(CNN Business)Maryland became the first state in the country on Friday to impose a tax on digital advertising, as the state’s senate voted to override a gubernatorial veto of legislation that would impose up to a 10% levy on revenue from online ads shown in Maryland.
The enactment of the bill, by a 29-17 vote, marks the beginning of what could become a wave of similar legislation across the country, as policymakers increasingly target the economic dominance of large tech platforms, some of which have built massive financial engines through advertising technology.
It’s also another example of how proposals being introduced abroad to rein in Big Tech are increasingly gaining traction in the United States. But it could spark a court battle over the legality of the tax and its impact on digital businesses.
The digital advertising provisions of Maryland’s new tax law could raise an estimated $250 million in its first year, with revenues being earmarked for education. One of the policy’s chief proponents, Senate President Bill Ferguson (D), is a former teacher for Teach for America.
In a Facebook post Friday morning, Ferguson said the bill is targeted at companies that make more than $100 million a year selling digital advertising, a threshold that large technology companies like Facebook and Google would easily surpass. Facebook and Google generated $84 billion and $147 billion in digital advertising revenue last year, respectively.
“This targeted tax on companies that make over $100,000,000 a year ONLY from digital advertising is a vital mechanism to make sure big tech pays taxes in Maryland, just like our small businesses,” Ferguson wrote. “At a time when Maryland’s budget is being impacted in unforeseen and astronomical ways due to Covid-19, Maryland families and businesses can foot the bill, or big tech can start paying their fair share.”
Gov. Larry Hogan (R) has opposed the tax bill. He vetoed it last year, saying it would “raise taxes and fees on Marylanders at a time when many are already out of work and financially struggling. With our state in the midst of a global pandemic and economic crash, and just beginning on our road to recovery, it would be unconscionable to raise taxes and fees now.”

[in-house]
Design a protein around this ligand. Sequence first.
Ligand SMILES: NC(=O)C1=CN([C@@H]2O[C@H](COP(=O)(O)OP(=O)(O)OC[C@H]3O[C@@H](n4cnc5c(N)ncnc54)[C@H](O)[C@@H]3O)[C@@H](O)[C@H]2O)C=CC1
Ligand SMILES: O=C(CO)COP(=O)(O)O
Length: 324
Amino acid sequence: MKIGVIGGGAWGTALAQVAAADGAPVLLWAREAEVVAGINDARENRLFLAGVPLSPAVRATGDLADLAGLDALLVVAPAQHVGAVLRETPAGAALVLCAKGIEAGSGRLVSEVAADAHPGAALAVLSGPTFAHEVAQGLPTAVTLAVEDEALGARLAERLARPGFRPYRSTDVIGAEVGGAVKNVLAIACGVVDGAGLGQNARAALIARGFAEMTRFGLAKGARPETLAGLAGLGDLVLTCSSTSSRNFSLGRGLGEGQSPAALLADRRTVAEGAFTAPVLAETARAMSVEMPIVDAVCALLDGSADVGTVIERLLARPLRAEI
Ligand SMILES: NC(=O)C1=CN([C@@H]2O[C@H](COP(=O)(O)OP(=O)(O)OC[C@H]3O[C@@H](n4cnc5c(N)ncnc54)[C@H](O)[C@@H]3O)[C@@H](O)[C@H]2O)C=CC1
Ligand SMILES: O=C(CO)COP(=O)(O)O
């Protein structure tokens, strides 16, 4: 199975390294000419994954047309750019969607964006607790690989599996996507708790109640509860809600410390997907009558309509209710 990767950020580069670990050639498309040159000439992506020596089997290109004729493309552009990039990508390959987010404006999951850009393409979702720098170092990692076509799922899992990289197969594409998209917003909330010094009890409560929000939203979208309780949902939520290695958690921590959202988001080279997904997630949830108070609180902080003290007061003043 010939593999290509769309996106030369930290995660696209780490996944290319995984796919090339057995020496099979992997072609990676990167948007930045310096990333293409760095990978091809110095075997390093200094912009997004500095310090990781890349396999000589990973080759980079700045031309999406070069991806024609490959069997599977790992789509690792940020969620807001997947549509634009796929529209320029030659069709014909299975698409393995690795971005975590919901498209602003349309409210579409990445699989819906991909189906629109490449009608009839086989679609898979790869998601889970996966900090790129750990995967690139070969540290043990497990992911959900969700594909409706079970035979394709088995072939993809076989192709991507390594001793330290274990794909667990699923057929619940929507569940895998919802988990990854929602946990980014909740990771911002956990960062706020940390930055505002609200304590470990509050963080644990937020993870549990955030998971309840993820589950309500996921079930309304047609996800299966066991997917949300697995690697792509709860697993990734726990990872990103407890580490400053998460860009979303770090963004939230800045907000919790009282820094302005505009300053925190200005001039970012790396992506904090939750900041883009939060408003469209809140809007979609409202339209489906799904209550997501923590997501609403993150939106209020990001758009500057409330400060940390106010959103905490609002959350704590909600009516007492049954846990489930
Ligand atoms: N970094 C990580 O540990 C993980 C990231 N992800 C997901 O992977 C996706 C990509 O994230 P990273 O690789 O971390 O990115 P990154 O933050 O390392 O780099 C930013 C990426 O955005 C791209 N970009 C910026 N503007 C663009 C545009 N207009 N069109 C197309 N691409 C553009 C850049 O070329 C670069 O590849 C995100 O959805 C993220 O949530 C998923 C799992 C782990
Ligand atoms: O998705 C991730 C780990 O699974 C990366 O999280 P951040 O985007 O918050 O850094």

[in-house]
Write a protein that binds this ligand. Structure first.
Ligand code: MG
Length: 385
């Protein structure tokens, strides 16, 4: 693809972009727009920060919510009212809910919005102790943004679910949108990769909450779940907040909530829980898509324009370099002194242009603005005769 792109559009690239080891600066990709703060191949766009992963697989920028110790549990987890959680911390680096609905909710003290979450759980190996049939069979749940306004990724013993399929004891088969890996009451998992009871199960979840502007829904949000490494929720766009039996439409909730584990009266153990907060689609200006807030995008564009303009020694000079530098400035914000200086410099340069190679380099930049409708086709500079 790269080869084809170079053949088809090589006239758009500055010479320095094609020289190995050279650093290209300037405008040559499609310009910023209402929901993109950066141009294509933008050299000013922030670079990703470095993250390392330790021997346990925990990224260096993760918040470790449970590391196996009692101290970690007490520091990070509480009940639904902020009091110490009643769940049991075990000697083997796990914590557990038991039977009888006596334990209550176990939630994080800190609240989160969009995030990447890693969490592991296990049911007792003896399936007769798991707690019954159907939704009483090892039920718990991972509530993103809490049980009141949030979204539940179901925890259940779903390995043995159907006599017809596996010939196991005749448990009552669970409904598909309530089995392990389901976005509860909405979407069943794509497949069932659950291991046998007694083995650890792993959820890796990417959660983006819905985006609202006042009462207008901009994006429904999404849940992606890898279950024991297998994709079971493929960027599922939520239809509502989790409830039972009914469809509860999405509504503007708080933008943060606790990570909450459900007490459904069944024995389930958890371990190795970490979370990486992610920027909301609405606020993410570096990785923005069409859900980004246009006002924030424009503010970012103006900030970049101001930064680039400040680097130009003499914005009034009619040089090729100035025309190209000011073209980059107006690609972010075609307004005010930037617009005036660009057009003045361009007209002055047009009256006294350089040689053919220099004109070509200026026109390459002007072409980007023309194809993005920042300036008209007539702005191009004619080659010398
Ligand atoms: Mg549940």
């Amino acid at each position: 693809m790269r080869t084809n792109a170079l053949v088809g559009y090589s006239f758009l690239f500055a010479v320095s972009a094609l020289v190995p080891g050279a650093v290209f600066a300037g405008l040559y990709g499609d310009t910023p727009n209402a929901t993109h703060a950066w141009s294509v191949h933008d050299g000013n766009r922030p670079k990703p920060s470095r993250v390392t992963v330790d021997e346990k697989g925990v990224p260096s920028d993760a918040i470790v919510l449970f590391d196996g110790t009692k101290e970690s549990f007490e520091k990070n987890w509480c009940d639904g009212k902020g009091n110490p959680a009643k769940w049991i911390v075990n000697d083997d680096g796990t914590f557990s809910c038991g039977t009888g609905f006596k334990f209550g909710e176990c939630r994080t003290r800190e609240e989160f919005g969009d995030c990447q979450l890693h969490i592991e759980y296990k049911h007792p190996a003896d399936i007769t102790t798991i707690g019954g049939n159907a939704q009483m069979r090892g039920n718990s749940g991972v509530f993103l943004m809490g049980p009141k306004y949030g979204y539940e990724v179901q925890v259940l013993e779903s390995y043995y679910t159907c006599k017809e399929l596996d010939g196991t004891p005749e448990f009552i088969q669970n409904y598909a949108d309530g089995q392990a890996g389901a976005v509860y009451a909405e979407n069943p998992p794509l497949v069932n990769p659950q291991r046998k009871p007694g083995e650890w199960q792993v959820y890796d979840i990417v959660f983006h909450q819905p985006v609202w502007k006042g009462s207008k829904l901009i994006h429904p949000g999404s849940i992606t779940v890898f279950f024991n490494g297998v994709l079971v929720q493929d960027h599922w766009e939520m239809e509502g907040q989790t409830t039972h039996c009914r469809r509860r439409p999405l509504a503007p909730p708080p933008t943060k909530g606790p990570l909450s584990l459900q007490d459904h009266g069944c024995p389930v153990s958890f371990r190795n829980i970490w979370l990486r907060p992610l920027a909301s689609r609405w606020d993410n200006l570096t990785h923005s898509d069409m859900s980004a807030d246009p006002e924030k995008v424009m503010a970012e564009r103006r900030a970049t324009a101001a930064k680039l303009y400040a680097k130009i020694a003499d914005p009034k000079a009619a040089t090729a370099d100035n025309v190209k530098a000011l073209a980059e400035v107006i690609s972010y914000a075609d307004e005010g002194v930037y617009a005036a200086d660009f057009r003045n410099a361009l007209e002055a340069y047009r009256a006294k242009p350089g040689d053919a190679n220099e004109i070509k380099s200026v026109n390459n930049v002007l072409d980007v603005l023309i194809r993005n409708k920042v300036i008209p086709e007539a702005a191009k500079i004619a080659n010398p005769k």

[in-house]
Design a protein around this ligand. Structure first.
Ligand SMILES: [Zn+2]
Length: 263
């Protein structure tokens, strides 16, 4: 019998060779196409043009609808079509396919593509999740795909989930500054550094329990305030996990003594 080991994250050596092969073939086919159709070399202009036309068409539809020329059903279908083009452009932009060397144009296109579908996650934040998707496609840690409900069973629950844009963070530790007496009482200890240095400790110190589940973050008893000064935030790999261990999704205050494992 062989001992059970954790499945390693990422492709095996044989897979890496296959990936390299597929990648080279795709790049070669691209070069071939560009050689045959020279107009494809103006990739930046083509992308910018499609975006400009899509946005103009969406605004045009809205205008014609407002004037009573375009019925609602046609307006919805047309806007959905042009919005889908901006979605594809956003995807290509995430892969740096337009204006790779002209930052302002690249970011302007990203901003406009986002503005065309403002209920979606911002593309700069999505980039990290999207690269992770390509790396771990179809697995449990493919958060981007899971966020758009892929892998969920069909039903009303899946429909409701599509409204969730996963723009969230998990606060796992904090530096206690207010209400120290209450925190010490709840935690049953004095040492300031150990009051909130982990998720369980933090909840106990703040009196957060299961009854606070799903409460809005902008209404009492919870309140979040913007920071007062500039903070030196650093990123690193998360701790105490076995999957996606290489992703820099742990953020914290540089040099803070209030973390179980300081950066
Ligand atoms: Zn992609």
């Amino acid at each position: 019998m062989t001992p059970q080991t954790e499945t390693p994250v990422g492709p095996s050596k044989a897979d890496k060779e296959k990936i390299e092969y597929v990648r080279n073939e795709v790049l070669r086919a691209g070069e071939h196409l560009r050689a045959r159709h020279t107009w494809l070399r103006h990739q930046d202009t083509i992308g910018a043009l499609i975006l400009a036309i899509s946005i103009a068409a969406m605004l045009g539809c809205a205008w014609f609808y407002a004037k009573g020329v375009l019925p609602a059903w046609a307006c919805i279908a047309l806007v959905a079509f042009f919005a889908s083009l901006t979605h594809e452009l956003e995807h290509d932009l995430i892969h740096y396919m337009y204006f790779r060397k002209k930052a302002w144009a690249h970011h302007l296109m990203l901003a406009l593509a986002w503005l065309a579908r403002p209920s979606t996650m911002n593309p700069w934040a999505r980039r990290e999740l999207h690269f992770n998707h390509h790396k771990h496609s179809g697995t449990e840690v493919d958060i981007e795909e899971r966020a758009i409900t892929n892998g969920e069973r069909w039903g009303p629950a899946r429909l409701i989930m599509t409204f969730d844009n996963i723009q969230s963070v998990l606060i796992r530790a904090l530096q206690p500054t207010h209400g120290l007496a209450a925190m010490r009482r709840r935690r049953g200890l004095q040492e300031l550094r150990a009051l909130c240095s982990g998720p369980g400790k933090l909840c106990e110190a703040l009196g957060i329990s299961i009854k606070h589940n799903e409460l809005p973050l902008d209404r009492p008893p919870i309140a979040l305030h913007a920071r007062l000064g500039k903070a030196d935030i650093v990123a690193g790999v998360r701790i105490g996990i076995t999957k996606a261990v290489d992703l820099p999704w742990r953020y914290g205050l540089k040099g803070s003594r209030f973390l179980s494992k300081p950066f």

Business and technology groups have also opposed the bill. After the Maryland House of Delegates voted to override Hogan’s veto earlier this week, the Internet Association — a trade group representing Amazon, Facebook, Google and others — said in a statement it would harm small businesses for whom digital advertising “is a critical lifeline” to attract new customers.
Maryland may soon be the vanguard for a wave of state taxes on digital platforms. States including Connecticut and Indiana have introduced similar legislation.
The growing push among states to tax tech giants also follows a push by foreign governments, including France, the UK and others, to impose new taxes on tech companies. The Trump administration had opposed those efforts, getting into a public spat with France over the issue last year.
The Maryland tax could face roadblocks, however. State Senator Stephen Hershey, speaking ahead of the vote, predicted “years of litigation” ahead for the law. Critics said the bill raises questions about the state’s power to tax digital commerce and whether it may conflict with federal law and the interstate commerce clause of the Constitution.
Last year, Maryland Attorney General Brian Frosh determined that “there is some risk” of a court overturning the law but that he believed the bill is “not clearly unconstitutional.”
State Senator Jim Rosapepe (D), arguing for the digital ad tax, acknowledged that litigation is likely but said he had high confidence that the judicial system would resolve the questions appropriately. The bigger issue, he said, is how tech companies are “dodging taxes all over the world.”
“We can make sure that if Big Tech doesn’t pay its fair share in West Virginia, or doesn’t pay its fair share in India, at least Big Tech will pay its fair share in Maryland,” Rosapepe said.